Apple new iPhones address Samsung and Microsoft-Nokia smartphone users?

Apple new iPhones – premium and low-end – are set to address demand of Samsung and Microsoft-Nokia smartphone users.

If Apple continues to follow its traditional strategy of offering 1-2 new devices per year, it will not grow further, mobile industry analysts warned.

The decision to bring 2-3 devices on September 10 and a press meet in China on 11 September shows a major strategy change.

Apple CEO’s frequent visits to China reflect the company’s hunger for a deal with China Mobile, which has around 700 million mobile users.

iPhone 5S

At the same time, Apple is yet to expand its presence in India, another rapidly growing smartphone market in the world. It seems Apple will not target India as its key market for the time being considering the fact that it does not have cost effective smartphones to offer to Indians. This is despite a growing youth population who are looking to connect with Internet – using 2G and poor quality 3G networks.

The key challenge for Apple this week is to demonstrate that it can maintain momentum in overall sales of iPhones.

Apple iPhone sales have slowed significantly, from 80-100 percent to 24 percent, even accounting for the cyclical trends. This is partly due to the law of large numbers, as the same increase in shipments reflects a smaller percentage of historical shipments, but it’s also largely driven by Apple’s increasing saturation of its addressable market.

China is a key market for Apple, but its sales have flagged there lately and getting beyond the two smaller carriers is critical for future success. The cheaper iPhone is critical for expanding the addressable market, because many people in China and elsewhere simply can’t afford to buy a current generation iPhone, especially when it’s not subsidized.

“However, the key risk for Apple in launching a cheaper iPhone is that it may cannibalize sales of the high-end phone. That would exacerbate a problem Apple’s had for the last few quarters, as average selling prices for iPhones have fallen from $608 to $581 in the past year. That in turn squeezes margins, and it’s only likely to get worse with a cheaper iPhone,” said Jan Dawson, chief telecoms analyst at Ovum.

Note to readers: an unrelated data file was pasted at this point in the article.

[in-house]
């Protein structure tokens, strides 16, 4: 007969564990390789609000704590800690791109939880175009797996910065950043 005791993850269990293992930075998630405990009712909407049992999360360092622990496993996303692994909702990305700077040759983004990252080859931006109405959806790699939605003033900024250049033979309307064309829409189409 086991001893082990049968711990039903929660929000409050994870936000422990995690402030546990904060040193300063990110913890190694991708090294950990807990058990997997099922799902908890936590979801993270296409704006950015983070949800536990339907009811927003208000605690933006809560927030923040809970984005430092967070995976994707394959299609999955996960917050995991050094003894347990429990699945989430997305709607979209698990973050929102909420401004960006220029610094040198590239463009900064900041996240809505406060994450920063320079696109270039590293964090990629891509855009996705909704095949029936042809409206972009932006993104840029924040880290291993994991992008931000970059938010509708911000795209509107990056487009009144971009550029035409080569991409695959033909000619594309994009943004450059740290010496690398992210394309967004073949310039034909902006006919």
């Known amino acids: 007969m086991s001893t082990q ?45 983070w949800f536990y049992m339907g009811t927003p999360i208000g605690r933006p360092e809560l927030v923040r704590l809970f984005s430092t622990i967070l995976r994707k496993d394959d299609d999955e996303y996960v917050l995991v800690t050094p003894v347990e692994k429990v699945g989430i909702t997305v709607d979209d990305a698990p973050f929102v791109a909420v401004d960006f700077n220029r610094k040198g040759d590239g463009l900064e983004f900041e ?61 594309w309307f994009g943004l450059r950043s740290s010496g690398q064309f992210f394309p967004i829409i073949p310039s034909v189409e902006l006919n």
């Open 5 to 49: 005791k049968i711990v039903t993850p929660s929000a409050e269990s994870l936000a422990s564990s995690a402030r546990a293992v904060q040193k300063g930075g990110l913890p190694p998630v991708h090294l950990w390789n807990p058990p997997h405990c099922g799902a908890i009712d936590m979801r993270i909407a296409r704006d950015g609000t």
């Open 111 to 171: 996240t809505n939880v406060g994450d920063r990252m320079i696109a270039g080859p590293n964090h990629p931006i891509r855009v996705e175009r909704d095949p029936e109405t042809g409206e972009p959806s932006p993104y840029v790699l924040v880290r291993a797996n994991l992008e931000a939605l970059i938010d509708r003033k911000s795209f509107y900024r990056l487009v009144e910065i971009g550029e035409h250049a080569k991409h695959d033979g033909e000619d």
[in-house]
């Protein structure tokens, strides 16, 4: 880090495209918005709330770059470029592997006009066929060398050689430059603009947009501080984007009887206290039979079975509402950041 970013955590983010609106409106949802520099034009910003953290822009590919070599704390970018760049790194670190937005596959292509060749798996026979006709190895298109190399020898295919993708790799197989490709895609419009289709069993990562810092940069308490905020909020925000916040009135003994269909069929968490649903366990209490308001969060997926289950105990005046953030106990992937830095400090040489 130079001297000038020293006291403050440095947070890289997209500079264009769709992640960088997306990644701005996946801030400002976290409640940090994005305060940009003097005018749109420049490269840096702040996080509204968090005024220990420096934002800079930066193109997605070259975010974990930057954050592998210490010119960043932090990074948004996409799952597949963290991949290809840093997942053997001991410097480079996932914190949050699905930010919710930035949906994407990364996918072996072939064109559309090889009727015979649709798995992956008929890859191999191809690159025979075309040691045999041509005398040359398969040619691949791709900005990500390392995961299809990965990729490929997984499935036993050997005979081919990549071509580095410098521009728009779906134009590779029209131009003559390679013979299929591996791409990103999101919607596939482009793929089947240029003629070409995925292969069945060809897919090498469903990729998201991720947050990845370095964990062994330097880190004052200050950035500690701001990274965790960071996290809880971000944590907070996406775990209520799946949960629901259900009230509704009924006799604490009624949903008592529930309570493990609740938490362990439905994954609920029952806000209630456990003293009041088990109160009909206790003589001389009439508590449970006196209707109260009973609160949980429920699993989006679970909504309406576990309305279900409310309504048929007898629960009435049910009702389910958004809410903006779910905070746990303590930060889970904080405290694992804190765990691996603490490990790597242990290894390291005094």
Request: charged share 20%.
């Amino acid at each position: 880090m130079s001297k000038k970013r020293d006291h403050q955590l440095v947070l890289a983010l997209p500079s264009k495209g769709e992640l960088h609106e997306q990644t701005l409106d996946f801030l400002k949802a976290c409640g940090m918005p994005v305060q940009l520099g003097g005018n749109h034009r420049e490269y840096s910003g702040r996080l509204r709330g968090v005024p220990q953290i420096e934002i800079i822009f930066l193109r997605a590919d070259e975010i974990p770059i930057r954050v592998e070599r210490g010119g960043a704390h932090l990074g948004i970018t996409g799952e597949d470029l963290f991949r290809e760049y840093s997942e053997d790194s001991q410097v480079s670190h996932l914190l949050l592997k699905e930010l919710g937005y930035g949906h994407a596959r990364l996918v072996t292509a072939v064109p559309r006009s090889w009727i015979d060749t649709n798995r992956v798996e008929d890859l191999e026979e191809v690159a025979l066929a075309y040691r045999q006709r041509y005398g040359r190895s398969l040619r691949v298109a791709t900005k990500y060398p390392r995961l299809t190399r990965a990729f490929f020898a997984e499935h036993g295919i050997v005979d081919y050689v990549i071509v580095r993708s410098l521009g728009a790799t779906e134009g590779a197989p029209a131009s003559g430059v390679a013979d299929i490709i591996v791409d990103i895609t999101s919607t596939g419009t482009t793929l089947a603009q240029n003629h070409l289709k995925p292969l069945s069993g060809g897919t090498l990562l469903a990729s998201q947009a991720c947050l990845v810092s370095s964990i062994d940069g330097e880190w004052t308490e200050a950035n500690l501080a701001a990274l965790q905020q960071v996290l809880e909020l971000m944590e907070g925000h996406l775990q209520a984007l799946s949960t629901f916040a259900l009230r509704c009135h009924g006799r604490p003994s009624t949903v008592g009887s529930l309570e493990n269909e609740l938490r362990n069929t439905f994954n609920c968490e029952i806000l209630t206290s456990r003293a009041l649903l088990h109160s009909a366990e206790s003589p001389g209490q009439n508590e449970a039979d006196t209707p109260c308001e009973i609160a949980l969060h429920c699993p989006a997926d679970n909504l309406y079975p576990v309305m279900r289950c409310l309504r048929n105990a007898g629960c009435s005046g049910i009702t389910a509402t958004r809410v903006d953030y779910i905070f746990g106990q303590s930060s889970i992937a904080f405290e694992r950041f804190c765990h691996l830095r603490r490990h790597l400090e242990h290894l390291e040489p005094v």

The trick is for Apple to position a cheaper device so that it’s attractive for those that haven’t been able to afford an iPhone before, but is missing enough key features for the new flagship iPhone to remain compelling.

That means getting the price for both devices right, but it also means figuring out how to make the lower-cost variant feel like a real iPhone while stripping out significant cost. Regardless of how Apple resolves this, if it is able to get back to higher growth, it will definitely come at the expense of lower margins. The combined high growth rates and astronomical margins of the past are gone.

Apple needs to demonstrate in the coming months that it has other product lines which can start to make up for slowing growth and falling margins in iPhone and iPad. Both the iPhone and iPad generate $400-$600 in revenue per unit, and sell tens of millions per quarter.

“A smart watch or even a revamped Apple TV are unlikely to generate anything close to those sorts of numbers, and that’s a problem Apple will have to work hard to overcome,” Dawson added.

Samsung Gear smartwatch is not getting positive feedback from the industry. Microsoft which will take Nokia to new levels will be a tough competition to Apple. BlackBerry is out of the market due to its own issues. Sony is also gearing up.

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